Linear stability of ring systems around oblate central masses

Robert J. Vanderbei

Research output: Contribution to journalArticlepeer-review

5 Scopus citations


In this paper, we consider the stability of a ring of bodies of equal mass uniformly distributed around a large oblate central mass. The purpose of this and previous papers is to shed light on the stability of Saturn's rings. Previous papers have been limited by the assumptions that (1) all ring bodies are at the same distance from the central body, (2) the central body acts like a point mass (i.e., is a perfect sphere), and (3) the ring bodies all have the same mass and are evenly spaced around the ring. The third limitation is probably the least important; as long as there are a large number of masses and the mass distribution is approximately uniform then the system should behave as a system of equally-spaced, equal-mass bodies. The first main purpose of this paper is to remove the second limitation. But, the paper also aims to address limitation (1). Recent computer simulations of single-ring systems have shown that the threshold for stability, as determined by a linear stability analysis, matches precisely the stability threshold predicted by simulation. In other words, a linear stability analysis while presumably just a mathematical abstraction actually tells us something quite real. Furthermore, simulations of multi-ring systems suggest that instability comes from azimuthal perturbations; small azimuthal changes are more destabilizing that small radial perturbations. Hence, in this paper, we also consider the situation where the central body consists not just of an oblate central mass but also incorporates a flat ring representing in aggregate all ring bodies at radii other than the one under consideration. The central oblate body together with a flat ring is modeled simply by introducing two oblateness terms to the gravitational potential associated with the central mass. The subsequent analysis is almost identical to the case of a single oblateness term. For Saturn, the oblateness of the central mass is six orders of magnitude more significant than the rings at other radii as a destabilizing influence.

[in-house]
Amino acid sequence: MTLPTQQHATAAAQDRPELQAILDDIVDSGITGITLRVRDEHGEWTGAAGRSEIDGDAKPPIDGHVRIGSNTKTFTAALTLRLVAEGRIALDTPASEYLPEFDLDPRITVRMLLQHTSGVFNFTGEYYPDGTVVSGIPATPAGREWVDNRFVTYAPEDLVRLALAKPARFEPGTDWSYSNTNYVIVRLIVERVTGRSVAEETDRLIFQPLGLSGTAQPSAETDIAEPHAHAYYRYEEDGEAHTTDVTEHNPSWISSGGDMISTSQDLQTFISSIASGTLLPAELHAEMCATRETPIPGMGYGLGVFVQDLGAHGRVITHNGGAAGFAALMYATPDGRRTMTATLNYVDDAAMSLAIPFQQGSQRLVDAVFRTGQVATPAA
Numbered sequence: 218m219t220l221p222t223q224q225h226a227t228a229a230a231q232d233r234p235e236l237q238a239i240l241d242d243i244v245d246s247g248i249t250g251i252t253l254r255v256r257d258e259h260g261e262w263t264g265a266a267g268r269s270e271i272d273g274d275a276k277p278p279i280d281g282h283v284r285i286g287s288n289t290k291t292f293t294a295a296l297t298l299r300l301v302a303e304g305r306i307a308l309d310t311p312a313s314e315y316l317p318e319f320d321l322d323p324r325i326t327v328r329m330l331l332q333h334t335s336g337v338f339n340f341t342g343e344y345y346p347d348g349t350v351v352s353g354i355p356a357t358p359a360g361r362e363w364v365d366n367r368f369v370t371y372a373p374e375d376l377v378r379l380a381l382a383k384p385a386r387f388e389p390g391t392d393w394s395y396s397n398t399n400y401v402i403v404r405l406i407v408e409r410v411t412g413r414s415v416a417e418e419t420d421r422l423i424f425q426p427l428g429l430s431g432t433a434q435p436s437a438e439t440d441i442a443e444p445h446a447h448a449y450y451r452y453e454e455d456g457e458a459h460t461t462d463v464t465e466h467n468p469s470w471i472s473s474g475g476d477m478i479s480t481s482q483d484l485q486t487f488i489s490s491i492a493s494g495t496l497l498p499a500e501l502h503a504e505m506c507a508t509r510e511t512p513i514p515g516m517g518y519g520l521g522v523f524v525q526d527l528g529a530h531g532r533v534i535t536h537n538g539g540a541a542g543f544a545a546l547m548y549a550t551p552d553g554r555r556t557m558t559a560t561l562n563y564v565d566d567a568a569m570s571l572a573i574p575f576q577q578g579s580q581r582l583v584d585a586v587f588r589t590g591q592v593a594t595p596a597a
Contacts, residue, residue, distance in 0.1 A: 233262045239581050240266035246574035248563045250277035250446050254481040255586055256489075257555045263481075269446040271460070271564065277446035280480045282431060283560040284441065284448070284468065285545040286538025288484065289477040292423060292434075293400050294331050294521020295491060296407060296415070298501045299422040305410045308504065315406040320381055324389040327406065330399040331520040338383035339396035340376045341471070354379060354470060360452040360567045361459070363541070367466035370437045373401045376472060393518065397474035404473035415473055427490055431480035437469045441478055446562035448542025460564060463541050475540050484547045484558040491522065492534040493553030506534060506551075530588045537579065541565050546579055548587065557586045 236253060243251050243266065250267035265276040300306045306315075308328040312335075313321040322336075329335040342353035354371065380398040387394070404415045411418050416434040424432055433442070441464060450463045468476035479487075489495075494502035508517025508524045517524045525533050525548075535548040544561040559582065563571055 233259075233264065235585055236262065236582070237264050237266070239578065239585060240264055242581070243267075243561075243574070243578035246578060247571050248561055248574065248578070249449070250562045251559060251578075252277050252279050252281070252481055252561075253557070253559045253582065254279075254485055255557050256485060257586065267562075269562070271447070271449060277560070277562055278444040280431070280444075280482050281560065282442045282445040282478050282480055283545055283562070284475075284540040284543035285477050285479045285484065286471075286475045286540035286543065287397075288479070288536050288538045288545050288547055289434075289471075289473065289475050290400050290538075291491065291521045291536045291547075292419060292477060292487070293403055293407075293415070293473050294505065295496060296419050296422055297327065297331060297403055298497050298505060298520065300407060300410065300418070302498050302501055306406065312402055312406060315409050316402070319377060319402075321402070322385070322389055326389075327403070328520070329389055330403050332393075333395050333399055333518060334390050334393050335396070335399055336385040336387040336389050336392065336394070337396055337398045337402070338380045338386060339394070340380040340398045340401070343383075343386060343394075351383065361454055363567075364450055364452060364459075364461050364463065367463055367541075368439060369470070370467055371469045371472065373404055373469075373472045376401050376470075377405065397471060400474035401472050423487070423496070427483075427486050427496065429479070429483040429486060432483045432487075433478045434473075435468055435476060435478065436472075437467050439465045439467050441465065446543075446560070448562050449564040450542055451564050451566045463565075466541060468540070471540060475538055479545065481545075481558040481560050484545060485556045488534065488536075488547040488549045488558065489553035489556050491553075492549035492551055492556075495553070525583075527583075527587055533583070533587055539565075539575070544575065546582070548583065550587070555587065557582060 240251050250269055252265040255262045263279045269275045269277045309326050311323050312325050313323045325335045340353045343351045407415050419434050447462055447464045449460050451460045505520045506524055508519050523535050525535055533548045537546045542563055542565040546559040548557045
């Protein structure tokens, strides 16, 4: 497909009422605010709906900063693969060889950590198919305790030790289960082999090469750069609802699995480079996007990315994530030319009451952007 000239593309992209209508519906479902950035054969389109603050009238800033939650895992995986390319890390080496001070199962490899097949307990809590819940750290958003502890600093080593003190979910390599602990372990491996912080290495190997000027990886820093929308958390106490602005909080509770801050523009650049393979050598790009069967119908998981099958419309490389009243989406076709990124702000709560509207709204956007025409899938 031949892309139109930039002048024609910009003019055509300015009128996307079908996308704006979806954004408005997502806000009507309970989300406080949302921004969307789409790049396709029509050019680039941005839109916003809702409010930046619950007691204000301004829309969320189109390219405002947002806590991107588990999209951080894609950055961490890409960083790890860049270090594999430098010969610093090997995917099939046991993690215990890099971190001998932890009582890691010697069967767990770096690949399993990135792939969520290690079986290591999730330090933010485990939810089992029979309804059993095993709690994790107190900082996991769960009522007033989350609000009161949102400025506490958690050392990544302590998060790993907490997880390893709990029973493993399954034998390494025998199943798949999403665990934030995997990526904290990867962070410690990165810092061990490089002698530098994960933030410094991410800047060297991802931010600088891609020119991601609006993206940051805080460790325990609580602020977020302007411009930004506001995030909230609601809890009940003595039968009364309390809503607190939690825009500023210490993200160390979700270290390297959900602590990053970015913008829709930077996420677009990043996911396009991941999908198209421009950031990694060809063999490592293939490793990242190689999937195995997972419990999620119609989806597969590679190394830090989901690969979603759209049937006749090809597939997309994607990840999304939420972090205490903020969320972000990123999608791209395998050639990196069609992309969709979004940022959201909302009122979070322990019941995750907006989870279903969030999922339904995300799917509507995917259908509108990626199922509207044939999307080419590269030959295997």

Original languageAmerican English
Pages (from-to)1370-1377
Number of pages8
JournalAdvances in Space Research
Issue number8
StatePublished - Oct 15 2008

ASJC Scopus subject areas

  • Aerospace Engineering
  • Astronomy and Astrophysics
  • Geophysics
  • Atmospheric Science
  • Space and Planetary Science
  • General Earth and Planetary Sciences


  • Celestial mechanics
  • Circulant matrix
  • Linear stability
  • Oblateness
  • Saturn's rings


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